Fermat's Last theorem in commented version of Diophantus' Arithmetica
Fermat's Last theorem in commented version of Diophantus' Arithmetica

Fermat's Last theorem (Fermat's conjecture) is a renowned discrete mathematics problem introduced by amateur French mathematician of the 17th century Pierre de Fermat. Pierre de Fermat is author of many more theorems, out of which many were proved and many disproved, but it took more than 3 centuries to prove Fermat's Last theorem.

Fermat's Last theorem was published in 1670 reedition of Diophantus' Arithmetica. This edition, published by Fermat's son, was based on Bachet's latin translation of Arithmetica (1621) and comments and observations written in the page margins by Pierre de Fermat.


Pierre de Fermat formulated the conjecture as follows:

Cubum autem in duos cubos, aut quadratoquadratum in duos quadratoquadratos, et generaliter nullam in infinitum ultra quadratum potestatem in duos eiusdem nominis fas est dividere cuius rei demonstrationem mirabilem sane detexi. Hanc marginis exiguitas non caperet.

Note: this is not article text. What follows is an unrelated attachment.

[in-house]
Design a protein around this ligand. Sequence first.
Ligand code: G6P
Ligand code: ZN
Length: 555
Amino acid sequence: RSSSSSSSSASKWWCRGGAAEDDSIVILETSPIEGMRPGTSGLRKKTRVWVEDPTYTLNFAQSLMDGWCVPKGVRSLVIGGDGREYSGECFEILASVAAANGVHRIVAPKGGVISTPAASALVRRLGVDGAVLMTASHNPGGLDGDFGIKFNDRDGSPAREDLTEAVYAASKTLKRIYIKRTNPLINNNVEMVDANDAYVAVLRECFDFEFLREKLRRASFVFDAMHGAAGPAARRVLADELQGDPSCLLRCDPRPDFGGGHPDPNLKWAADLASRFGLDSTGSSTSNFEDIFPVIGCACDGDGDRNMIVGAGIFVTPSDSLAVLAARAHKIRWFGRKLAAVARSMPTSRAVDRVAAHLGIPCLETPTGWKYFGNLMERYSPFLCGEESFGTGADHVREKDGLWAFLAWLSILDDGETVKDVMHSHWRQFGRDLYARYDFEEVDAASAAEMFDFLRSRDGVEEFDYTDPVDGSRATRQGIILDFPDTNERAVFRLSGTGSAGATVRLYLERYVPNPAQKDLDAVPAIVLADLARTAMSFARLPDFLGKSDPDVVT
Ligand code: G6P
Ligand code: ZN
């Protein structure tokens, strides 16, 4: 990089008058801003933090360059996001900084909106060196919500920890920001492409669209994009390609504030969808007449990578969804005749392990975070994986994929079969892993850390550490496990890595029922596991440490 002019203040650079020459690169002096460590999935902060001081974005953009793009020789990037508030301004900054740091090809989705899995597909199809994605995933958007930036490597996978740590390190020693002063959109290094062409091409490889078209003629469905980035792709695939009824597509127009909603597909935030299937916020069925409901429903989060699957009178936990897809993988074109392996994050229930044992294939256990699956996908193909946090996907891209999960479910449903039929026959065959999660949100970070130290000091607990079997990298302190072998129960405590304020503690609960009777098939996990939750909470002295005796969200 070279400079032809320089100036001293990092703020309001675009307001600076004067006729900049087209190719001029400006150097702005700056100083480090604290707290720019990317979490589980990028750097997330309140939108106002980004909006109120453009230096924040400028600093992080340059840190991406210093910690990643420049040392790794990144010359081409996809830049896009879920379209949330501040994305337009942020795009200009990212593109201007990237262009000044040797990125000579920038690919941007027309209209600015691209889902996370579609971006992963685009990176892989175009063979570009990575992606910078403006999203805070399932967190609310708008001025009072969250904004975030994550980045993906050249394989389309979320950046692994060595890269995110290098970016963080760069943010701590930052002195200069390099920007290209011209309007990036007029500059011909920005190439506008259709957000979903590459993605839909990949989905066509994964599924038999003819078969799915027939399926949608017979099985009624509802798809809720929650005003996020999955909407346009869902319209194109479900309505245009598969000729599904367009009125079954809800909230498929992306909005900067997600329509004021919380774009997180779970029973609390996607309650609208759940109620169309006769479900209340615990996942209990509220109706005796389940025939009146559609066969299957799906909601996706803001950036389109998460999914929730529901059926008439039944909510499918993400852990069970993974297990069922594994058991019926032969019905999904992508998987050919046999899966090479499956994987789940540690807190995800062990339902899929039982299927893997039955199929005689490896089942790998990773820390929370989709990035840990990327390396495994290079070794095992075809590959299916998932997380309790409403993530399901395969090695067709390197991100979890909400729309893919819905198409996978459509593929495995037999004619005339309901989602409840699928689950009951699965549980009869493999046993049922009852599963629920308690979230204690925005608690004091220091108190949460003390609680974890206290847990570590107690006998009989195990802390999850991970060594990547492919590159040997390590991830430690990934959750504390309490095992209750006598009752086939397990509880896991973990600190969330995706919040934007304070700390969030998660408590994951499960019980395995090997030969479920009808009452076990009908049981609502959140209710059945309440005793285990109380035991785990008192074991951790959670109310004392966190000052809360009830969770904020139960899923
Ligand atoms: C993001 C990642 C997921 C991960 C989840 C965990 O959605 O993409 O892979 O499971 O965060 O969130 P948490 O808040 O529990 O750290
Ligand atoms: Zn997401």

It is impossible to separate a cube into two cubes, or a fourth power into two fourth powers, or in general, any power higher than the second, into two like powers. I have discovered a truly marvelous proof of this, which this margin is too narrow to contain.

Written mathematically:

 a^{n} + b^{n} = c^{n} does not hold for any n \\gt 2

Proof after three centuries

Mathematicians tried to (dis)prove this theorem for more than three centuries. Among unsuccessful solvers famous names like EulerLaméCauchy can be found. The conjecture was proved in 1994 by English mathematician Andrew Wiles, using the means of modern mathematics of the 20th century. The proof itself has more than 100 pages and it is doubtful that some simple proof, which could Fermat had, exists.


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